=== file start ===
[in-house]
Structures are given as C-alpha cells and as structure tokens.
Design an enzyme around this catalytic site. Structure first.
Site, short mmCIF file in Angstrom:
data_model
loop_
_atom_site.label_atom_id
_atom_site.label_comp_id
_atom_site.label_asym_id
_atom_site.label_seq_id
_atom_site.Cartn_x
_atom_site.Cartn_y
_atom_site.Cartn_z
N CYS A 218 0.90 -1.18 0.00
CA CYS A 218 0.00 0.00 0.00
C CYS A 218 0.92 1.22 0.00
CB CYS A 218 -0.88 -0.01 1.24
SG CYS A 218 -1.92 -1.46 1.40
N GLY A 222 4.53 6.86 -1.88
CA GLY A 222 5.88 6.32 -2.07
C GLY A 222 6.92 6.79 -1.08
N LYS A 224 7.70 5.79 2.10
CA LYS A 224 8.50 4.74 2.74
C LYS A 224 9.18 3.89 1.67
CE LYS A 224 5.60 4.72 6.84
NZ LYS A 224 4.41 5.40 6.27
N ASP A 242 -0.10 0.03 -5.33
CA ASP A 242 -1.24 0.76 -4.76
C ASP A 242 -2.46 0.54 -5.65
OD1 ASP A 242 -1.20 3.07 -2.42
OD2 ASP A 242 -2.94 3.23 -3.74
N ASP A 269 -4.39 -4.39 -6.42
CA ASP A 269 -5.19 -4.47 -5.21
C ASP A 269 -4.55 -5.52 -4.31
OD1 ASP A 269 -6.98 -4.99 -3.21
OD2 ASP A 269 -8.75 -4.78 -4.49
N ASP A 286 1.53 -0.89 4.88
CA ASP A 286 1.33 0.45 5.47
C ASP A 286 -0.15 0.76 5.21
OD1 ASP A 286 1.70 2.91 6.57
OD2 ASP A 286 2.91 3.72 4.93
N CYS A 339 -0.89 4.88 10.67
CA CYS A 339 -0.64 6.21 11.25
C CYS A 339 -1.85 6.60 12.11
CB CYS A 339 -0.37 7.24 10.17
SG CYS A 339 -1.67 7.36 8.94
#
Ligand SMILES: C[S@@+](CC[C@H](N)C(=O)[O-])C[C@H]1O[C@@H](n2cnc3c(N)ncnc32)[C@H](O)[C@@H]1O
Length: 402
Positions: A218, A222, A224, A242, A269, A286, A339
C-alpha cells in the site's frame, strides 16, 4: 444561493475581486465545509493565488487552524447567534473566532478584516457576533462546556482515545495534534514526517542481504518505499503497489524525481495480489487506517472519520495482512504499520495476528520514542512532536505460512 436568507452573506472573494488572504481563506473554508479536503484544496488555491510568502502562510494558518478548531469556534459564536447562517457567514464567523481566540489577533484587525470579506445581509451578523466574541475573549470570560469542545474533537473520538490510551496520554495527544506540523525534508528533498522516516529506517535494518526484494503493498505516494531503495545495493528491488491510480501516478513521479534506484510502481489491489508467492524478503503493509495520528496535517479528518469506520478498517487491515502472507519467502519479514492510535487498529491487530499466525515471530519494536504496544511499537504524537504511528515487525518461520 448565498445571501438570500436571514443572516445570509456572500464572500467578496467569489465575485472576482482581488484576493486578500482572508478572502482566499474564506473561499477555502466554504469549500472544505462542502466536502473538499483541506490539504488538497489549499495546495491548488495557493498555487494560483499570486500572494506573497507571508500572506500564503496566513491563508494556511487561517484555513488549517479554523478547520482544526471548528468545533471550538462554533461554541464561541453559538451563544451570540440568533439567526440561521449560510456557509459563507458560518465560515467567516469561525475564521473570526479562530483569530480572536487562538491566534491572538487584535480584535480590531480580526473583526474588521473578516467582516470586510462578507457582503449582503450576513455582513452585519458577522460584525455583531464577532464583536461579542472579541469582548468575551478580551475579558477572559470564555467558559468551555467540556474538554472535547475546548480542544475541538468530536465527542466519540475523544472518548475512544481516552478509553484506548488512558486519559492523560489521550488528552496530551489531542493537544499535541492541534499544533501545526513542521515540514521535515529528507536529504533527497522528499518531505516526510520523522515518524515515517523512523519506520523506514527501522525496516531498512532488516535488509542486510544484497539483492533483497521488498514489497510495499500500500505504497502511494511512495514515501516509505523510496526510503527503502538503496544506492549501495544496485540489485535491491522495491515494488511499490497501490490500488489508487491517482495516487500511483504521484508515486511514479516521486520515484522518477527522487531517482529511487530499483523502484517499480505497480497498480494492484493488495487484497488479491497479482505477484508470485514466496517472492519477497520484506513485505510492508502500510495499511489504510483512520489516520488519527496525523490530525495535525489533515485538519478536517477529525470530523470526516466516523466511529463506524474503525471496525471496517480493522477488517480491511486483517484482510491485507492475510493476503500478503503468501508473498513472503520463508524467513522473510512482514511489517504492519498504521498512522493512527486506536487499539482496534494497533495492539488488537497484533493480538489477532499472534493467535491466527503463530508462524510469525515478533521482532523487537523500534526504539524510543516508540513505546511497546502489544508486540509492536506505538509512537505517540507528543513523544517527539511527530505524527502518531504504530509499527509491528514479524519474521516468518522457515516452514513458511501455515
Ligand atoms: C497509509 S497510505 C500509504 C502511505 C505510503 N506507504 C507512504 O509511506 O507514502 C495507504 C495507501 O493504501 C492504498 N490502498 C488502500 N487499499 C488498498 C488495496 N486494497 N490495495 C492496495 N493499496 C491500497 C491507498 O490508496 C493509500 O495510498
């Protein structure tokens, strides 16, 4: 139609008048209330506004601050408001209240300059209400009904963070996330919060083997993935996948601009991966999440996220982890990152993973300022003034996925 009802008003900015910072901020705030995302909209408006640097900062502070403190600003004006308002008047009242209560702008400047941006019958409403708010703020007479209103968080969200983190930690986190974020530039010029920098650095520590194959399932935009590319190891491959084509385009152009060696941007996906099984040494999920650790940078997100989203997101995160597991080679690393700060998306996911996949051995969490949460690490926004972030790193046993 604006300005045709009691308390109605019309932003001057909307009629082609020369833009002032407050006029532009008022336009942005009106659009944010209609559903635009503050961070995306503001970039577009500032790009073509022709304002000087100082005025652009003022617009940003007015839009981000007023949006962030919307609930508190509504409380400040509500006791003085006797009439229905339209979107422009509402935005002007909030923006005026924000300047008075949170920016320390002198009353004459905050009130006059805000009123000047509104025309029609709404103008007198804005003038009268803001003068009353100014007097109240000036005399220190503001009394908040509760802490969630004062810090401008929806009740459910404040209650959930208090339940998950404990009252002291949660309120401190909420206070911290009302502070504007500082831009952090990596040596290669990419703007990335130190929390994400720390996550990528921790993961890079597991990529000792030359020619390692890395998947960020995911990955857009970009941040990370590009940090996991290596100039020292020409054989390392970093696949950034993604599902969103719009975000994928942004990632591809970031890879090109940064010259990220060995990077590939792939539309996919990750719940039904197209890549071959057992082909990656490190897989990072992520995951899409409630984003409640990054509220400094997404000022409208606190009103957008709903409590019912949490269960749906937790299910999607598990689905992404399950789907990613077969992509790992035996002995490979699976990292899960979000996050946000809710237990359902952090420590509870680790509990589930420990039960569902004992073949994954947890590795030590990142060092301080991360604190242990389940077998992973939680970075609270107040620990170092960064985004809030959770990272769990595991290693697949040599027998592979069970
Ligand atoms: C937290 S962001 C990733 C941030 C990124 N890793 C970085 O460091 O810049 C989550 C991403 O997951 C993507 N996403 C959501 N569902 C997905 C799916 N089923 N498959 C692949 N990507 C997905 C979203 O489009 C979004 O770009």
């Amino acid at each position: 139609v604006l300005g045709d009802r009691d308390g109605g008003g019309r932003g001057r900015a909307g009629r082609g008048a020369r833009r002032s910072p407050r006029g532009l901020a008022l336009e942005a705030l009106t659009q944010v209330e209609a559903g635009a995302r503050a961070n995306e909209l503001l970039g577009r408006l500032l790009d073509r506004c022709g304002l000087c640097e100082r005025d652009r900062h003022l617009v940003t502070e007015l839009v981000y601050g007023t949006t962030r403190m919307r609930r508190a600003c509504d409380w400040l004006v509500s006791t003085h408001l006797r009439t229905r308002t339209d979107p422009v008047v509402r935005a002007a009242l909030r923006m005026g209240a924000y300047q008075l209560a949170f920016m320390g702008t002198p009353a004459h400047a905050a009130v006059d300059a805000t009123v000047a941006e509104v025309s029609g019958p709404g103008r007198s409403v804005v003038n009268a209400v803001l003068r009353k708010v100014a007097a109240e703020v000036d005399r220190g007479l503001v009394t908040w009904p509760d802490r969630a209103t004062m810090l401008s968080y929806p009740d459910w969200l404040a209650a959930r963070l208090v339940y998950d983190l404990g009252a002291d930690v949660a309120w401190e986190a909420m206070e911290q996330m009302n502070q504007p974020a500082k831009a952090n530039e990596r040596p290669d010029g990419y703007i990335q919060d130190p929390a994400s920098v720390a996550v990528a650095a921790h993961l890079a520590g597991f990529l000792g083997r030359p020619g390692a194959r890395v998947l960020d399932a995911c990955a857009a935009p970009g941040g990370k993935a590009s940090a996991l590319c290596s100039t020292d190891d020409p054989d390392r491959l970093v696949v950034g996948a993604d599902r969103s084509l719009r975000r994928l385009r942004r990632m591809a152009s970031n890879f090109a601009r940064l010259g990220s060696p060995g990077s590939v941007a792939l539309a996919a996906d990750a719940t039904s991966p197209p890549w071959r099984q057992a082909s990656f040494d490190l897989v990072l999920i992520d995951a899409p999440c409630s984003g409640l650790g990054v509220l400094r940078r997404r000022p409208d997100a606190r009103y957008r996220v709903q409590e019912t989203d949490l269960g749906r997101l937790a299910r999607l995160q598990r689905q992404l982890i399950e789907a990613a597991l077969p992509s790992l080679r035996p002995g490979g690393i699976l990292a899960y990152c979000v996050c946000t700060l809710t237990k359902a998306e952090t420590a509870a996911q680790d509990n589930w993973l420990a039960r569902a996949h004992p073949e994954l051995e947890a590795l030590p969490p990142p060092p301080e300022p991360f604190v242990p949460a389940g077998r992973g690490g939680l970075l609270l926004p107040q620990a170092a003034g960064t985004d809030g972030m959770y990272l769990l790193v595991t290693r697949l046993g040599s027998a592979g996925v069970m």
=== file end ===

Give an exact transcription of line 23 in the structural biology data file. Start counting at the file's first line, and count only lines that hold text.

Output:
CA LYS A 224 8.50 4.74 2.74